Agony of Defeat

Not a good week for spectator sports. Yesterday morning, the United States national team was crushed by Brazil 0-4 in the semifinal of the Women’s World Cup. Quite an upset in some senses, but Marta is an amazing player and Brazil really deserved their win. One of the things I’ve like about women’s soccer is that the top teams have come from countries with little or no success in men’s soccer such as the USA, China, and Norway. Now the WWC final has a couple of teams very familiar to the men’s World Cup finals, Germany and Brazil. Should be a good game, and I suppose the USA will be able to take third place as a consolation prize.

Meanwhile, at Shea Stadium…


Image from the MetsGrrl blog, although I learned about it from my friend Sharon.

The Mets have continued losing in new and depressing ways that defy explanation. Now the Mets are in a tie for first place with the Phillies. The good news is that the magic number is still 4. The bad news is that the Phillies magic number to eliminate the Mets is also four. There are also wild card implications and the possibility of a 5 way tie (and the Imp of the Perverse makes me want to see that). The optimist in me cannot believe that the team has become this bad, and the law of probability suggests that the Mets just cannot keep losing like this. I mean they can turn things around, win the last three games and then storm into the playoffs? The 2000 Yankees, the 2005 White Sox, the 2006 Cardinals (and 2006 Tigers) all had lousy Septembers and did quite well in October. A boy can dream can’t he?

In the meantime, we Mets fans can take small solace in the fact that Moises Alou has the longest hitting streak of the season.

I heard this song today that will carry me through the weekend, until the Mets are in the playoffs or the season is over.

When the skies are brighter canary yellow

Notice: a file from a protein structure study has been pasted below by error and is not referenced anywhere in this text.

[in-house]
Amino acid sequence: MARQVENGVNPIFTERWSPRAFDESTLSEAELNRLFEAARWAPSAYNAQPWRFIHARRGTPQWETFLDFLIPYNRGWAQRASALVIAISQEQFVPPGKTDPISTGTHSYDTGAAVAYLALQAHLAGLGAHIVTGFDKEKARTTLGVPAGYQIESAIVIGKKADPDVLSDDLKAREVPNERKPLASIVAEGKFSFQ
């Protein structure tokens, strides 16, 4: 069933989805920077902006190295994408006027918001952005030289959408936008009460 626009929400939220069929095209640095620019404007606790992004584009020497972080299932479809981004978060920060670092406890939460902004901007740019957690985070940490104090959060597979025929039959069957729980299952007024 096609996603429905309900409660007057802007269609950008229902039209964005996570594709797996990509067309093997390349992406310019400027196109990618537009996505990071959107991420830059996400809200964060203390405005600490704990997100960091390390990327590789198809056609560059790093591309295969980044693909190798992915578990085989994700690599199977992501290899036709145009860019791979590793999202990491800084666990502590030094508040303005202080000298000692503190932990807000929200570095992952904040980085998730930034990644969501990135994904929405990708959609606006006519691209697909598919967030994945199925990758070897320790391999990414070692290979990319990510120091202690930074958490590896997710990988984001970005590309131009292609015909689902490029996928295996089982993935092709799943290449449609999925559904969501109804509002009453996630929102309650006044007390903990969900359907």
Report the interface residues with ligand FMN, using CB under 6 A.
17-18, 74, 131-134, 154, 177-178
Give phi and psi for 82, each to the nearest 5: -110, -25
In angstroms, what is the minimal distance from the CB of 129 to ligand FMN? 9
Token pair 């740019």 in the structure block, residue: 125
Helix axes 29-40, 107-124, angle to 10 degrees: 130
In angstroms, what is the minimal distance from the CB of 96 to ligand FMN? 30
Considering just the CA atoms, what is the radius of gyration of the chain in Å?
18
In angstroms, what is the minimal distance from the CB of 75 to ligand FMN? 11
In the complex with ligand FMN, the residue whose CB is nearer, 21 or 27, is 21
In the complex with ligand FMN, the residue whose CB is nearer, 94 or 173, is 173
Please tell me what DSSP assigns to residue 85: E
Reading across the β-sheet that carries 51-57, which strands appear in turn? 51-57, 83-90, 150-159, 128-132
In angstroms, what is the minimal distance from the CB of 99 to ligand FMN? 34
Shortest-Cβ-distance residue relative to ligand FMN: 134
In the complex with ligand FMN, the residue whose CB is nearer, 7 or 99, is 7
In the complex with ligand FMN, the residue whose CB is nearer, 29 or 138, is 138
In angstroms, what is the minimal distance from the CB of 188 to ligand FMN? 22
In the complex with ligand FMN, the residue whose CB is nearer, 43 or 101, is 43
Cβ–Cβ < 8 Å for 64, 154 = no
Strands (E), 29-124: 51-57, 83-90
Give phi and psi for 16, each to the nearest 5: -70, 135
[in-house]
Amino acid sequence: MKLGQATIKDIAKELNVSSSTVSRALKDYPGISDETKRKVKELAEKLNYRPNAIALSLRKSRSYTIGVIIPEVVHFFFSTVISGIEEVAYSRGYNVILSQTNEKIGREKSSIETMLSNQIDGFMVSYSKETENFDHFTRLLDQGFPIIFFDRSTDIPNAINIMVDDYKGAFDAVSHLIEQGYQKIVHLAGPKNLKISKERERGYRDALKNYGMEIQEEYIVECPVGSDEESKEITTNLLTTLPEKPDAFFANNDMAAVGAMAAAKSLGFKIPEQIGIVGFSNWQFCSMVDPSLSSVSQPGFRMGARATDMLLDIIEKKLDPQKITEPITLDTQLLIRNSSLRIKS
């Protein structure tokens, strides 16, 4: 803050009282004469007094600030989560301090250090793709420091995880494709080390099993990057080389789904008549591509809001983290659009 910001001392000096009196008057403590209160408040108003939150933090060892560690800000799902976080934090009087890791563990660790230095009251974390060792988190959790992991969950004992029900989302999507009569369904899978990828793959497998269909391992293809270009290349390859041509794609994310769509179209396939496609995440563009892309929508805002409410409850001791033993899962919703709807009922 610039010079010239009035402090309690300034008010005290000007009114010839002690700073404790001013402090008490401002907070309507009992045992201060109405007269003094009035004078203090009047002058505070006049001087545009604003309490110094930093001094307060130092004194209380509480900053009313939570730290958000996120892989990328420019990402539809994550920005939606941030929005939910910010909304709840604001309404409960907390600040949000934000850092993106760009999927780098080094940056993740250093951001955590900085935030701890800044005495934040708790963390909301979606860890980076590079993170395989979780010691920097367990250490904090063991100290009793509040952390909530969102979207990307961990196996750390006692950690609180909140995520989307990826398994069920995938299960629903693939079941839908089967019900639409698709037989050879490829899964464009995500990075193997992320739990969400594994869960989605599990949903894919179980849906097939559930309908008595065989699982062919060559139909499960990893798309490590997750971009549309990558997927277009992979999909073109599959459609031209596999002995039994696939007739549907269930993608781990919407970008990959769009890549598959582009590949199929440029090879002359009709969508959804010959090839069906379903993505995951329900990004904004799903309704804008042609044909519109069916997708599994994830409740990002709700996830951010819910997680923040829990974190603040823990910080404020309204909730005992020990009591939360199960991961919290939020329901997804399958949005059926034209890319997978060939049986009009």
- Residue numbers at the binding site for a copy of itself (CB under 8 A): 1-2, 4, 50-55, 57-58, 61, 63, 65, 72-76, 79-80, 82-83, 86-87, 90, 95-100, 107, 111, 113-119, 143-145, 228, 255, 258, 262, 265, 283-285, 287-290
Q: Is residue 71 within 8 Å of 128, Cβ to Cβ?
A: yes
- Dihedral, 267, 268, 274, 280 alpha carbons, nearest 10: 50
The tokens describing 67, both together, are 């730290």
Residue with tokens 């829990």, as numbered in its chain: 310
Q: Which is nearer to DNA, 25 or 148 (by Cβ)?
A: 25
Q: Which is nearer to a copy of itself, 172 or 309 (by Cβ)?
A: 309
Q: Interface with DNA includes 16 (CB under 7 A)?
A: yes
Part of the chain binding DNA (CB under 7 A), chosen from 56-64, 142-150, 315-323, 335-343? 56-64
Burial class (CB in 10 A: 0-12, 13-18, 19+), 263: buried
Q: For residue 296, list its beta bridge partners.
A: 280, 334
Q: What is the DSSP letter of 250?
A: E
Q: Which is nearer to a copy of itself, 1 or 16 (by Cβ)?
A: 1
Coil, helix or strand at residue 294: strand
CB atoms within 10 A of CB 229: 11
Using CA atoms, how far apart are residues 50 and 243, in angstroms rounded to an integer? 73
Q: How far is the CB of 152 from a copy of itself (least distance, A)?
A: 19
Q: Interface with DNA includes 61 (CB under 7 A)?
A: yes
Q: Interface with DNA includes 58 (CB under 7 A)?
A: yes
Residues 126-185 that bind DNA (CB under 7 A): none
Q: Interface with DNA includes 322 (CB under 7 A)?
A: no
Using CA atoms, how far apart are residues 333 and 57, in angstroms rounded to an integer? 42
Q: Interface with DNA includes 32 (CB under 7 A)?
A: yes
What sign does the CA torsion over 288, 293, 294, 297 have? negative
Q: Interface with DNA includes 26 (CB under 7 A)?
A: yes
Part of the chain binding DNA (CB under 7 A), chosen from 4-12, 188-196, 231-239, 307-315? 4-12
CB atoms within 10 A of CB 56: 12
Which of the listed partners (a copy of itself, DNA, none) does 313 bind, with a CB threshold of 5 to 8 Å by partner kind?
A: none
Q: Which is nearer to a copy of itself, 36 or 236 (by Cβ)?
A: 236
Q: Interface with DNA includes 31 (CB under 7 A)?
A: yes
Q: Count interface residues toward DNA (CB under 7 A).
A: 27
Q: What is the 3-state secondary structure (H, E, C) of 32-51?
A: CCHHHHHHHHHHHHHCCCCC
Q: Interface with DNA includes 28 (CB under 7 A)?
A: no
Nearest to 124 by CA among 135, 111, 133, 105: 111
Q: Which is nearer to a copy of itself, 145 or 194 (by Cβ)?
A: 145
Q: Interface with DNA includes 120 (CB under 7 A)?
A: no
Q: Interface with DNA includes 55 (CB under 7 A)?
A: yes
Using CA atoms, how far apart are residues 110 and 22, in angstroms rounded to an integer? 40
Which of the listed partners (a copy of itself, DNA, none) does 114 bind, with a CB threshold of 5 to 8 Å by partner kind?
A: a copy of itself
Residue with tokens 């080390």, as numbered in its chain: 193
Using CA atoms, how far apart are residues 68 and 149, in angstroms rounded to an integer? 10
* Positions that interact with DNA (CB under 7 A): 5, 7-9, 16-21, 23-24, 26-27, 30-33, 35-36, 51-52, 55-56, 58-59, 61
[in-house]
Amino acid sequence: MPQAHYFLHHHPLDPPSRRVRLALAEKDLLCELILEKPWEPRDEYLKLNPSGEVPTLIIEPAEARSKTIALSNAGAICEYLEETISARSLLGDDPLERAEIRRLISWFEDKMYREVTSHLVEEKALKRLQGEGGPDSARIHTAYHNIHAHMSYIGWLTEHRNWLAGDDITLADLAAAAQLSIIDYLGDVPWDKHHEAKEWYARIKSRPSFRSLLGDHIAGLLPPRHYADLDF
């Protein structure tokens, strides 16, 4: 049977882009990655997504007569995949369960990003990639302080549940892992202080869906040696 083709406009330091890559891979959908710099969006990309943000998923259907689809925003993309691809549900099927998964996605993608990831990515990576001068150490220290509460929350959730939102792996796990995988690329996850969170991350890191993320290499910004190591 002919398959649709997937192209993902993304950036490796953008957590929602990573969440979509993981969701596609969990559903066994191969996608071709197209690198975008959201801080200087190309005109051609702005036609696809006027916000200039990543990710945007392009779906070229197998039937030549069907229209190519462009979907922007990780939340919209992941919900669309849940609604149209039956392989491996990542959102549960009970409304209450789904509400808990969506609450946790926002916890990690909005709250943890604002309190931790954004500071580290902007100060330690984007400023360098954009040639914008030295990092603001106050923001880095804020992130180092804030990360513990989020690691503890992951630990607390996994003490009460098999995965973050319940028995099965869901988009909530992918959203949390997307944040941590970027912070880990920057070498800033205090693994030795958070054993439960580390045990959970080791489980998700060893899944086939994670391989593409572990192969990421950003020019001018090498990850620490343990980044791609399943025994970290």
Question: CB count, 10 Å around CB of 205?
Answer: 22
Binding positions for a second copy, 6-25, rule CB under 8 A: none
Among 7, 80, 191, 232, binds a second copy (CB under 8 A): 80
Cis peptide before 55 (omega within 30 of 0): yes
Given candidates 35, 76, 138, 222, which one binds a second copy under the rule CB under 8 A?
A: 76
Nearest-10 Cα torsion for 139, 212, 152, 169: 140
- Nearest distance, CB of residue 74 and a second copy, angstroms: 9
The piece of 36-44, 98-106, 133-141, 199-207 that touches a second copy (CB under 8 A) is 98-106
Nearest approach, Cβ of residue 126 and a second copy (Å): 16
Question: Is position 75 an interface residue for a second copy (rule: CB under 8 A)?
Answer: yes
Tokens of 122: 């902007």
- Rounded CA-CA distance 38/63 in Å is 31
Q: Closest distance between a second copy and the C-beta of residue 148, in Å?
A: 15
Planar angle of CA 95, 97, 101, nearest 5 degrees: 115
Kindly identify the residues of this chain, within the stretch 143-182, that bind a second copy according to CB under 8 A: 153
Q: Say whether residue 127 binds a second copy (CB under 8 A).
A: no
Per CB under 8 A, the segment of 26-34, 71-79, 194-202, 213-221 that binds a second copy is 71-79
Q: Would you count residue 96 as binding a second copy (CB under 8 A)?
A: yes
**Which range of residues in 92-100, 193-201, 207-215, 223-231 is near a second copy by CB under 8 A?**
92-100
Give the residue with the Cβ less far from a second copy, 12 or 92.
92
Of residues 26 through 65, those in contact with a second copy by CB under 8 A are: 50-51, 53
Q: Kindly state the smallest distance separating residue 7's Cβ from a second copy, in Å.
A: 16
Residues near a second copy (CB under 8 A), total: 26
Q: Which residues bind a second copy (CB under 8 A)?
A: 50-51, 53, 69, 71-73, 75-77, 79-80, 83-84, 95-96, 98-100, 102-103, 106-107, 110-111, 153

I forget ev’ry cloud I’ve ever seen,
So they called me a cockeyed optimist
Immature and incurably green.

I have heard people rant and rave and bellow
That we’re done and we might as well be dead,
But I’m only a cockeyed optimist
And I can’t get it into my head.

I hear the human race
Is fallin’ on its face
And hasn’t very far to go,
But ev’ry whippoorwill
Is sellin’ me a bill,
And tellin’ me it just ain’t so.

I could say life is just a bowl of Jello
And appear more intelligent and smart,
But I’m stuck like a dope
With a thing called hope,
And I can’t get it out of my heart!
Not this heart…

Beer is good for memory…and other science news

As someone who is far too forgetful and loves to drink beer, the news from Scientific American that beer consumption is good for recall is a wonderful two-fer. Of course the whole story is not as good as it sounds, but it’s worth reading:

I don’t have much to add, but here are some other science stories of note from the past few weeks:



Like a lot of saints, I know Wenceslaus from just scraps of information in popular culture. In this case, a Christmas carol that was one of my favorites growing up. It tells a good story of a man of wealth and privilege providing a feast for a poor peasant. It’s a good story and a lesson worth sharing the complete lyrics:

Good King Wenceslas looked out on the feast of Stephen,
When the snow lay round about, deep and crisp and even;
Brightly shone the moon that night, tho’ the frost was cruel,
When a poor man came in sight gath’ring winter fuel.


“Hither, page, and stand by me, if thou know’st it, telling,
Yonder peasant, who is he? Where and what his dwelling?”
“Sire, he lives a good league hence, underneath the mountain;
Right against the forest fence, by Saint Agnes’ fountain.”


“Bring me flesh, and bring me wine, bring me pine logs hither:
Thou and I will see him dine, when we bear them thither.”
Page and monarch, forth they went, forth they went together;
Through the rude wind’s wild lament and the bitter weather.


“Sire, the night is darker now, and the wind blows stronger;
Fails my heart, I know not how, I can go no longer.”
“Mark my footsteps, my good page. Tread thou in them boldly:
Thou shalt find the winter’s rage freeze thy blood less coldly.”


In his master’s steps he trod, where the snow lay dinted;
Heat was in the very sod which the saint had printed.
Therefore, Christian men, be sure, wealth or rank possessing,
Ye who now will bless the poor, shall yourselves find blessing.

I also know that Wenceslaus is the patron saint of Prague, a place I’d much like to visit. But who was the real Wenceslaus? Apparently, the carol is not factually accurate and the song writer Neale used the name as much for meter as for tribue the real man. But Wenceslaus was good, a Prince of Bohemia who ruled with principles at the time of political unrest. For his troubles he was murdered on the way to church by a rival younger brother.

More information: